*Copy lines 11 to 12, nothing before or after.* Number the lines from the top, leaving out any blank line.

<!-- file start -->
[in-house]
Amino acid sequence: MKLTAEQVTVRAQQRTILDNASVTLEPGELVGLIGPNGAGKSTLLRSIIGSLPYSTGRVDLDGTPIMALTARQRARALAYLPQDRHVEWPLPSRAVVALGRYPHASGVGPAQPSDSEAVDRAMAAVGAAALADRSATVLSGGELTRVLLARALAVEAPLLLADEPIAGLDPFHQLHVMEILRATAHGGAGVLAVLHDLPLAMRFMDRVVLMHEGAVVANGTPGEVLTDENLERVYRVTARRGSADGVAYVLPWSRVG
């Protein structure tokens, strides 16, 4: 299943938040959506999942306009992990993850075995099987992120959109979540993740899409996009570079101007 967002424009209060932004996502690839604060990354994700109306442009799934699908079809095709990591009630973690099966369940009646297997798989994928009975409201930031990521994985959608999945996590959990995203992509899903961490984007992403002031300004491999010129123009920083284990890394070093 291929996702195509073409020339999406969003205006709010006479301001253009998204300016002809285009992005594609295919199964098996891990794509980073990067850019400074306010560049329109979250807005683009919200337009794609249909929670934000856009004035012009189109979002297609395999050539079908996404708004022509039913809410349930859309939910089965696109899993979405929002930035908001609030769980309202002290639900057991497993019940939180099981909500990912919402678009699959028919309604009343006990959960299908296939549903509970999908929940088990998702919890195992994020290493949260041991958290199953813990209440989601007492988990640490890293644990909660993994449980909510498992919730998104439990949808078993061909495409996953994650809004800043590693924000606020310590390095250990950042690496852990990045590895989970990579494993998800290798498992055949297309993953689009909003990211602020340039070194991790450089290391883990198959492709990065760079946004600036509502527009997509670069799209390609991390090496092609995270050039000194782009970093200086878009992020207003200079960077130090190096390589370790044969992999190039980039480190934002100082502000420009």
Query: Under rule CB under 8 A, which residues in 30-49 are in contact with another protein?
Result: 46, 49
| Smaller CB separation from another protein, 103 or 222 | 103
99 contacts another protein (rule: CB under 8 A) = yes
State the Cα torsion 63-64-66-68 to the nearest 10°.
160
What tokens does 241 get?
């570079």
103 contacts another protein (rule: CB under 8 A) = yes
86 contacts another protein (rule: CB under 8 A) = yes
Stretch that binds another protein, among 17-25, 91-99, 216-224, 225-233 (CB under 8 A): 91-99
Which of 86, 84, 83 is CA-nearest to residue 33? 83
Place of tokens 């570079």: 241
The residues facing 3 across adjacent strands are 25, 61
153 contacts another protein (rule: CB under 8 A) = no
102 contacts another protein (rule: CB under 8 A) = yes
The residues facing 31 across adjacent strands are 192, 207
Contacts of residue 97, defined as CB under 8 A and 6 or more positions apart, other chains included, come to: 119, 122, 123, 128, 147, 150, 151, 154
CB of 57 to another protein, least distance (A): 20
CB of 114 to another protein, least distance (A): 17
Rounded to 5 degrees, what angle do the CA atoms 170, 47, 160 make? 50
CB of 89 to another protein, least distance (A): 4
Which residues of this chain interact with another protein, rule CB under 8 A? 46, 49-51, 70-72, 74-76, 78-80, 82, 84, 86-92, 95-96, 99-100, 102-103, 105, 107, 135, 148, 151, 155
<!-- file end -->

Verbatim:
């570079």
103 contacts another protein (rule: CB under 8 A) = yes